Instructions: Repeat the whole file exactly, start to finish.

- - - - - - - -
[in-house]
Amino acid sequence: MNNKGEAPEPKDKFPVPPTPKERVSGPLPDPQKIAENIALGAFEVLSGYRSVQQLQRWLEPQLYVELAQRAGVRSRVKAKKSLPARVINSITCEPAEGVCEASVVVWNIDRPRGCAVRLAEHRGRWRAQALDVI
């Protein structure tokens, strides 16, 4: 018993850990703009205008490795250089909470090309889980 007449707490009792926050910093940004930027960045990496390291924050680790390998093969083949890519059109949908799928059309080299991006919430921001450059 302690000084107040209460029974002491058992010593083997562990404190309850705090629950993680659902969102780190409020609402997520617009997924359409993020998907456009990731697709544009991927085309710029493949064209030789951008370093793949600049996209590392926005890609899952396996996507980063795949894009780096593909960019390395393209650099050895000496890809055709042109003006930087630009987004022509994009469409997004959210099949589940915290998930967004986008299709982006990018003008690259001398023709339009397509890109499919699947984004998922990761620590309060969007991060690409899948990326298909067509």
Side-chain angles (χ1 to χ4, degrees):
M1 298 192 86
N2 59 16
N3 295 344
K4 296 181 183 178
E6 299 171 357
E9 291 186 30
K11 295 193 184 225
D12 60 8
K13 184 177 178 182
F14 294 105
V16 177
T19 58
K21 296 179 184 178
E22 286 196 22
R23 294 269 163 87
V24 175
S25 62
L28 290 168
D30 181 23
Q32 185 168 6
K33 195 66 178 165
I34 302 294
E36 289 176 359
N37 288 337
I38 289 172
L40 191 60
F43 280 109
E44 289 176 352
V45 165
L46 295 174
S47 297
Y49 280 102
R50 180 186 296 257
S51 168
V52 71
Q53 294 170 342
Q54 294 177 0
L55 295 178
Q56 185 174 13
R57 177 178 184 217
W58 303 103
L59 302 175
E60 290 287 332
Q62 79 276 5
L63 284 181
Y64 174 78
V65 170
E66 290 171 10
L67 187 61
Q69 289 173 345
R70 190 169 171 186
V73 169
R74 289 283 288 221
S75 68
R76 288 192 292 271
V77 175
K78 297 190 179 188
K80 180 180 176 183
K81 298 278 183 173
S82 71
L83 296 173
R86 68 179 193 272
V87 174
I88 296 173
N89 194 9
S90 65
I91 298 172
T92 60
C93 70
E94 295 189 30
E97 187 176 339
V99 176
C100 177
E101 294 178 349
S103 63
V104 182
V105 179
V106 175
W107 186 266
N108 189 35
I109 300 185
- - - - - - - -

[in-house]
Amino acid sequence: MNNKGEAPEPKDKFPVPPTPKERVSGPLPDPQKIAENIALGAFEVLSGYRSVQQLQRWLEPQLYVELAQRAGVRSRVKAKKSLPARVINSITCEPAEGVCEASVVVWNIDRPRGCAVRLAEHRGRWRAQALDVI
């Protein structure tokens, strides 16, 4: 018993850990703009205008490795250089909470090309889980 007449707490009792926050910093940004930027960045990496390291924050680790390998093969083949890519059109949908799928059309080299991006919430921001450059 302690000084107040209460029974002491058992010593083997562990404190309850705090629950993680659902969102780190409020609402997520617009997924359409993020998907456009990731697709544009991927085309710029493949064209030789951008370093793949600049996209590392926005890609899952396996996507980063795949894009780096593909960019390395393209650099050895000496890809055709042109003006930087630009987004022509994009469409997004959210099949589940915290998930967004986008299709982006990018003008690259001398023709339009397509890109499919699947984004998922990761620590309060969007991060690409899948990326298909067509």
Side-chain angles (χ1 to χ4, degrees):
M1 298 192 86
N2 59 16
N3 295 344
K4 296 181 183 178
E6 299 171 357
E9 291 186 30
K11 295 193 184 225
D12 60 8
K13 184 177 178 182
F14 294 105
V16 177
T19 58
K21 296 179 184 178
E22 286 196 22
R23 294 269 163 87
V24 175
S25 62
L28 290 168
D30 181 23
Q32 185 168 6
K33 195 66 178 165
I34 302 294
E36 289 176 359
N37 288 337
I38 289 172
L40 191 60
F43 280 109
E44 289 176 352
V45 165
L46 295 174
S47 297
Y49 280 102
R50 180 186 296 257
S51 168
V52 71
Q53 294 170 342
Q54 294 177 0
L55 295 178
Q56 185 174 13
R57 177 178 184 217
W58 303 103
L59 302 175
E60 290 287 332
Q62 79 276 5
L63 284 181
Y64 174 78
V65 170
E66 290 171 10
L67 187 61
Q69 289 173 345
R70 190 169 171 186
V73 169
R74 289 283 288 221
S75 68
R76 288 192 292 271
V77 175
K78 297 190 179 188
K80 180 180 176 183
K81 298 278 183 173
S82 71
L83 296 173
R86 68 179 193 272
V87 174
I88 296 173
N89 194 9
S90 65
I91 298 172
T92 60
C93 70
E94 295 189 30
E97 187 176 339
V99 176
C100 177
E101 294 178 349
S103 63
V104 182
V105 179
V106 175
W107 186 266
N108 189 35
I109 300 185